Have a good weekend y’all. If you happen to be at the Inman Park Festival and see someone who looks like me, say hello.

It’ll probably be my younger brother. :>)

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Paul Ryan erases Ayn Rand from the picture

With his new-found high profile, House Budget Committee Chairman Paul Ryan is now on the “oft-mentioned list” of potential vice presidential candidates. Not coincidentally, he also finds himself trying to defend brutal cuts in services to the poor and others in need that he has proposed in his “Path to Prosperity” budget.

So, in an interview published Thursday in National Review, Ryan made it a point to dismiss as “urban myth” the notion that he draws inspiration and guidance from Ayn Rand, the libertarian philosopher-queen who celebrates the self over all else and who dismisses the very notion of a social contract.

Ryan was pretty explicit:

“I reject her philosophy. It’s an atheist philosophy. It reduces human interactions down to mere contracts and it is antithetical to my worldview. If somebody is going to try to paste a person’s view on epistemology to me, then give me Thomas Aquinas. Don’t give me Ayn Rand.”

I find urban myths a fascinating phenomenon. For example, you …

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Politics, not policy, will drive transportation money

Georgia has a long, unfortunate history of making transportation decisions based on the needs and whims of politicians rather than the data-driven advice of transportation professionals.

With his appointment of Toby Carr as the state’s transportation planning director, the most important transportation job in the state, Gov. Nathan Deal has made it pretty clear that tradition isn’t going to change anytime soon.

Carr may be a fine person. However, he has no training in transportation engineering or planning. His professional background and area of expertise is in politics instead.

According to a short bio provided by the governor’s office, Carr has served as executive director of the state Republican Party. He was also executive director of Deal’s transition team.

In 2008, he was campaign coordinator for the House Republican caucus, and he also worked as a political consultant. He has bachelor degrees in finance and agricultural engineering. His only apparent background in …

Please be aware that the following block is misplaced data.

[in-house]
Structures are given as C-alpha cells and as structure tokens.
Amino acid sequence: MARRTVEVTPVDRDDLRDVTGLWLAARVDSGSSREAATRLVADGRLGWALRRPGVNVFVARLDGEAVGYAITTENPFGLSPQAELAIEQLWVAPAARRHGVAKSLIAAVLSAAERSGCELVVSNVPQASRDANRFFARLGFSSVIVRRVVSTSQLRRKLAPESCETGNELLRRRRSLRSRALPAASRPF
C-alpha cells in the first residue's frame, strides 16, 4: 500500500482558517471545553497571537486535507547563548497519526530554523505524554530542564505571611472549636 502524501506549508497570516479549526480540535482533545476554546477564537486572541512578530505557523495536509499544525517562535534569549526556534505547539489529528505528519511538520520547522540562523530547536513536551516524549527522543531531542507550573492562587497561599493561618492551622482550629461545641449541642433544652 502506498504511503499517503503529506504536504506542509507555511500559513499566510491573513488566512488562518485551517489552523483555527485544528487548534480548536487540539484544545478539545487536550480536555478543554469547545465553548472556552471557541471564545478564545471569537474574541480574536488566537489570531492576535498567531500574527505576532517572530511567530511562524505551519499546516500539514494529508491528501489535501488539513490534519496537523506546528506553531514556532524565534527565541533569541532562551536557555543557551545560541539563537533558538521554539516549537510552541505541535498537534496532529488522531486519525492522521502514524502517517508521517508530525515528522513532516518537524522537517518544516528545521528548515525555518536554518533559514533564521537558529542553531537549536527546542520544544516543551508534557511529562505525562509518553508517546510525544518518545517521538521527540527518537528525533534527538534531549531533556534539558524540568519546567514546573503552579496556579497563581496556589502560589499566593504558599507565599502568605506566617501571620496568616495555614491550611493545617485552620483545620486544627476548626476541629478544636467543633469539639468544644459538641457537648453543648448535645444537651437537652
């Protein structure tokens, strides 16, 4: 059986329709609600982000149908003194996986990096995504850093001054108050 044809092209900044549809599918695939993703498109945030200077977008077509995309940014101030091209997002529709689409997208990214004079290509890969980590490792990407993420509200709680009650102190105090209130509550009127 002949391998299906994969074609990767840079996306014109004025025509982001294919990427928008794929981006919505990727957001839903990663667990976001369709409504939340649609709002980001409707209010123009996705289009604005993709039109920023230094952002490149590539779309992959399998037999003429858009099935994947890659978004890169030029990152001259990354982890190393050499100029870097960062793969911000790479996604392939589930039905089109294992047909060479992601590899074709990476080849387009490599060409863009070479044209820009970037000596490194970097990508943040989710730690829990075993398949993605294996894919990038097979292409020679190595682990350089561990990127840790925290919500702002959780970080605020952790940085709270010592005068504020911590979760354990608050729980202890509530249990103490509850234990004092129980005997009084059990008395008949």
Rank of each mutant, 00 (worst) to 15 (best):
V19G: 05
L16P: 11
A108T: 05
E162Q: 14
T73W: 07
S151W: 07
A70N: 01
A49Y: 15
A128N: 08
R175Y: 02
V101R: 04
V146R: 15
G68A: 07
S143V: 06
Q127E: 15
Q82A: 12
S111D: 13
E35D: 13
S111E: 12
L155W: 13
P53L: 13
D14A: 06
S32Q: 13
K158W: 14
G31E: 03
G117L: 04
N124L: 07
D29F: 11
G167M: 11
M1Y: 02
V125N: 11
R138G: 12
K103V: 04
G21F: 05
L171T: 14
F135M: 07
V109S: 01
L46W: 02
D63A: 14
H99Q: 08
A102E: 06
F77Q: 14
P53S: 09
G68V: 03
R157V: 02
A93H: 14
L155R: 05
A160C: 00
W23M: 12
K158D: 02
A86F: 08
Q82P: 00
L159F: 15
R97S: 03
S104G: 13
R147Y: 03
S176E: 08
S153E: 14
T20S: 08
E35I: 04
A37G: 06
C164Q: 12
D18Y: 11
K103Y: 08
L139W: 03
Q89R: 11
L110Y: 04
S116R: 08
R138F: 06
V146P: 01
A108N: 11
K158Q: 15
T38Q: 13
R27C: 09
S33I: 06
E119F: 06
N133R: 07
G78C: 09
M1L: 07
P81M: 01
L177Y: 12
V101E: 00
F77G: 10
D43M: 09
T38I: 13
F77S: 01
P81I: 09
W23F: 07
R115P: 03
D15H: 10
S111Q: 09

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Karl Rove takes on President Cool

Yesterday I posted video of President Obama’s appearance with Jimmy Fallon, suggesting that in a contest for the youth vote, Mitt Romney might find it hard to compete.

So here’s the video response from Karl Rove’s American Crossroads:

As subtle as a 2-by-4.

Of course, Rove knows cool.

– Jay Bookman

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The real student-loan scandal

Charlie Harper, writing at Peach Pundit, notes the worrisome parallels between the college-loan situation and the housing-loan bubble just before it burst a few years ago:

“Virtually anyone that applied got a loan. There was no consideration given to how the loan would be repaid. No calculations for repayment ability were required. Most borrowers overestimated the value of their purchase and underestimated the income that would be available in the future to retire the debt. The government subsidized an unlimited amount of borrowing, and then the problem was so large that when an alarm was sounded, too many people were invested in the status quo that the system could not be changed until it was too late.”

There’s a lot of truth to that. Outstanding student loan debt hit an estimated $1 trillion this week. And according to the most recent numbers available, more and more students are defaulting on those loans. The annual default rate has risen from 6.7 percent in 2007 to …

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Romney, Obama fighting for the young vote

One of the battlegrounds of the 2012 presidential campaign will be younger voters, as the Associated Press reports:

WASHINGTON — Once thought to be solidly behind President Barack Obama, younger voters burdened by a bleak employment picture, high gas prices and student loan debt are being aggressively wooed by the Democrat and his likely Republican challenger, Mitt Romney.

In 2008, Obama had a 34-point advantage over Republican Sen. John McCain among voters under age 30. He won about two-thirds of the vote in that age group.

But a new Harvard poll suggests the president may face a harder sales job with younger voters this time around. Obama led Romney by 12 points among those ages 18-24, according to the survey. Among those in the 25-29 age group, Obama held a 23-point advantage.

To keep that advantage among young voters, Obama is campaigning to keep interest rates on student loans at their current level. Unless Congress takes action by July, those rates are scheduled to …